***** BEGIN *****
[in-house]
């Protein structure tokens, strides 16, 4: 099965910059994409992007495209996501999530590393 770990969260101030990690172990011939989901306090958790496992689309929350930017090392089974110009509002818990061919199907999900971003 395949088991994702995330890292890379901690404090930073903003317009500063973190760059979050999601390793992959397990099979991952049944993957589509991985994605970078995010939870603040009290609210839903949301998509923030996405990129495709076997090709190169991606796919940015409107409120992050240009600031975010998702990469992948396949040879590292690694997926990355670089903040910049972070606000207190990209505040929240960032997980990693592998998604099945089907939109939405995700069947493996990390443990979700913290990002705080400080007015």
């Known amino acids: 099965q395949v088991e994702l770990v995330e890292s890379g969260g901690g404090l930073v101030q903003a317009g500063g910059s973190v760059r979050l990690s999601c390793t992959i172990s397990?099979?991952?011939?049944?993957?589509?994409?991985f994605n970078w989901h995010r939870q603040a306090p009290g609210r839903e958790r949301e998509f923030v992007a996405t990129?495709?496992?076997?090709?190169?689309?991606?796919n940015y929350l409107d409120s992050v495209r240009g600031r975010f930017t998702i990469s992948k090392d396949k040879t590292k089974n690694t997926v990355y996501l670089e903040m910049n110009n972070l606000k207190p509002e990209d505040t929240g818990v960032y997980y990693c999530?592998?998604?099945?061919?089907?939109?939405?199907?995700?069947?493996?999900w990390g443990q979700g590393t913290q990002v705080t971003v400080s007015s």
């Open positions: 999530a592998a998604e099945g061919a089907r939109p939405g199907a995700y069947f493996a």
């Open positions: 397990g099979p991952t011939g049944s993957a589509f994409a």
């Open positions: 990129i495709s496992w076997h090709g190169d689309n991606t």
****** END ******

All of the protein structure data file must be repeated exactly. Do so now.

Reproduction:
[in-house]
């Protein structure tokens, strides 16, 4: 099965910059994409992007495209996501999530590393 770990969260101030990690172990011939989901306090958790496992689309929350930017090392089974110009509002818990061919199907999900971003 395949088991994702995330890292890379901690404090930073903003317009500063973190760059979050999601390793992959397990099979991952049944993957589509991985994605970078995010939870603040009290609210839903949301998509923030996405990129495709076997090709190169991606796919940015409107409120992050240009600031975010998702990469992948396949040879590292690694997926990355670089903040910049972070606000207190990209505040929240960032997980990693592998998604099945089907939109939405995700069947493996990390443990979700913290990002705080400080007015």
């Known amino acids: 099965q395949v088991e994702l770990v995330e890292s890379g969260g901690g404090l930073v101030q903003a317009g500063g910059s973190v760059r979050l990690s999601c390793t992959i172990s397990?099979?991952?011939?049944?993957?589509?994409?991985f994605n970078w989901h995010r939870q603040a306090p009290g609210r839903e958790r949301e998509f923030v992007a996405t990129?495709?496992?076997?090709?190169?689309?991606?796919n940015y929350l409107d409120s992050v495209r240009g600031r975010f930017t998702i990469s992948k090392d396949k040879t590292k089974n690694t997926v990355y996501l670089e903040m910049n110009n972070l606000k207190p509002e990209d505040t929240g818990v960032y997980y990693c999530?592998?998604?099945?061919?089907?939109?939405?199907?995700?069947?493996?999900w990390g443990q979700g590393t913290q990002v705080t971003v400080s007015s």
């Open positions: 999530a592998a998604e099945g061919a089907r939109p939405g199907a995700y069947f493996a």
């Open positions: 397990g099979p991952t011939g049944s993957a589509f994409a």
């Open positions: 990129i495709s496992w076997h090709g190169d689309n991606t």